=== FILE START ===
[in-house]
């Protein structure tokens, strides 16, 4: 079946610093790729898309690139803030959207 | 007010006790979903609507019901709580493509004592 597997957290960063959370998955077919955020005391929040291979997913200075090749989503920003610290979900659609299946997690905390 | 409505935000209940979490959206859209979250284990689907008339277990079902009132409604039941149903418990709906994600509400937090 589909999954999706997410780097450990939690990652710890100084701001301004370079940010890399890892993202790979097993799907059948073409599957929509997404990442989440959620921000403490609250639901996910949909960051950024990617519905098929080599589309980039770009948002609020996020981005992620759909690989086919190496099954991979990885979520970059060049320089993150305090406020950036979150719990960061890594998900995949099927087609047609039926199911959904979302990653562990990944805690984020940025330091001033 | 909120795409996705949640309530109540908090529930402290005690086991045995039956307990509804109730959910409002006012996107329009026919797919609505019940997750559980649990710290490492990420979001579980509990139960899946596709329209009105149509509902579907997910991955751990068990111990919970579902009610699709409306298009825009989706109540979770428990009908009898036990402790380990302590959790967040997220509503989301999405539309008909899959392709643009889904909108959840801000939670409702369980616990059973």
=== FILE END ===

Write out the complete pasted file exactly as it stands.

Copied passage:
[in-house]
């Protein structure tokens, strides 16, 4: 079946610093790729898309690139803030959207 | 007010006790979903609507019901709580493509004592 597997957290960063959370998955077919955020005391929040291979997913200075090749989503920003610290979900659609299946997690905390 | 409505935000209940979490959206859209979250284990689907008339277990079902009132409604039941149903418990709906994600509400937090 589909999954999706997410780097450990939690990652710890100084701001301004370079940010890399890892993202790979097993799907059948073409599957929509997404990442989440959620921000403490609250639901996910949909960051950024990617519905098929080599589309980039770009948002609020996020981005992620759909690989086919190496099954991979990885979520970059060049320089993150305090406020950036979150719990960061890594998900995949099927087609047609039926199911959904979302990653562990990944805690984020940025330091001033 | 909120795409996705949640309530109540908090529930402290005690086991045995039956307990509804109730959910409002006012996107329009026919797919609505019940997750559980649990710290490492990420979001579980509990139960899946596709329209009105149509509902579907997910991955751990068990111990919970579902009610699709409306298009825009989706109540979770428990009908009898036990402790380990302590959790967040997220509503989301999405539309008909899959392709643009889904909108959840801000939670409702369980616990059973």